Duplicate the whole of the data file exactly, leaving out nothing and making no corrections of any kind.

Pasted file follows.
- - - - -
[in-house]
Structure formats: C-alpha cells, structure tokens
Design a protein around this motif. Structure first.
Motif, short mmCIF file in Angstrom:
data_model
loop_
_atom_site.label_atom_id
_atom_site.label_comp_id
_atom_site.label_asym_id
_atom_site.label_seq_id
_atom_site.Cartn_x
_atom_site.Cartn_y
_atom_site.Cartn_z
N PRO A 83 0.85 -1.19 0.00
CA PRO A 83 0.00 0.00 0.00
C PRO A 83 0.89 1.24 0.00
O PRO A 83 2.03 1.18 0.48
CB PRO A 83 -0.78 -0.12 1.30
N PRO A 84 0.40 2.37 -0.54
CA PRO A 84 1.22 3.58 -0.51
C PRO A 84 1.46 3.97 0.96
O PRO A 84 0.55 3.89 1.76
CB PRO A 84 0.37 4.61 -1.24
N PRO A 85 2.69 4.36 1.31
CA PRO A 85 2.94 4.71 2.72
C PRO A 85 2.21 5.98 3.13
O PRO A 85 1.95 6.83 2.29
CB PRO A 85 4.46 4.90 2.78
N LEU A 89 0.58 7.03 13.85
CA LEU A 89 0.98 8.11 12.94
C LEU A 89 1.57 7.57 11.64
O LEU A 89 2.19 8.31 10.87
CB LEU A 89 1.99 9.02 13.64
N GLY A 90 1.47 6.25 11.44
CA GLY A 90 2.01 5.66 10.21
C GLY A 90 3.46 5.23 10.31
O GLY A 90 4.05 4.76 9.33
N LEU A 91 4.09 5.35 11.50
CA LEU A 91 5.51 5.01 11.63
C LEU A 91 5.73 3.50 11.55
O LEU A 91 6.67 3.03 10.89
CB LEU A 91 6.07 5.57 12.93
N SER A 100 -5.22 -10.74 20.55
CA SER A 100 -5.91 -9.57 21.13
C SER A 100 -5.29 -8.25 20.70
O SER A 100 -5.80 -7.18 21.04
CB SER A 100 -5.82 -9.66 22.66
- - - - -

[in-house]
Structure formats: C-alpha cells, structure tokens
Design a protein around this motif. Structure first.
Motif, short mmCIF file in Angstrom:
data_model
loop_
_atom_site.label_atom_id
_atom_site.label_comp_id
_atom_site.label_asym_id
_atom_site.label_seq_id
_atom_site.Cartn_x
_atom_site.Cartn_y
_atom_site.Cartn_z
N PRO A 83 0.85 -1.19 0.00
CA PRO A 83 0.00 0.00 0.00
C PRO A 83 0.89 1.24 0.00
O PRO A 83 2.03 1.18 0.48
CB PRO A 83 -0.78 -0.12 1.30
N PRO A 84 0.40 2.37 -0.54
CA PRO A 84 1.22 3.58 -0.51
C PRO A 84 1.46 3.97 0.96
O PRO A 84 0.55 3.89 1.76
CB PRO A 84 0.37 4.61 -1.24
N PRO A 85 2.69 4.36 1.31
CA PRO A 85 2.94 4.71 2.72
C PRO A 85 2.21 5.98 3.13
O PRO A 85 1.95 6.83 2.29
CB PRO A 85 4.46 4.90 2.78
N LEU A 89 0.58 7.03 13.85
CA LEU A 89 0.98 8.11 12.94
C LEU A 89 1.57 7.57 11.64
O LEU A 89 2.19 8.31 10.87
CB LEU A 89 1.99 9.02 13.64
N GLY A 90 1.47 6.25 11.44
CA GLY A 90 2.01 5.66 10.21
C GLY A 90 3.46 5.23 10.31
O GLY A 90 4.05 4.76 9.33
N LEU A 91 4.09 5.35 11.50
CA LEU A 91 5.51 5.01 11.63
C LEU A 91 5.73 3.50 11.55
O LEU A 91 6.67 3.03 10.89
CB LEU A 91 6.07 5.57 12.93
N SER A 100 -5.22 -10.74 20.55
CA SER A 100 -5.91 -9.57 21.13
C SER A 100 -5.29 -8.25 20.70
O SER A 100 -5.80 -7.18 21.04
CB SER A 100 -5.82 -9.66 22.66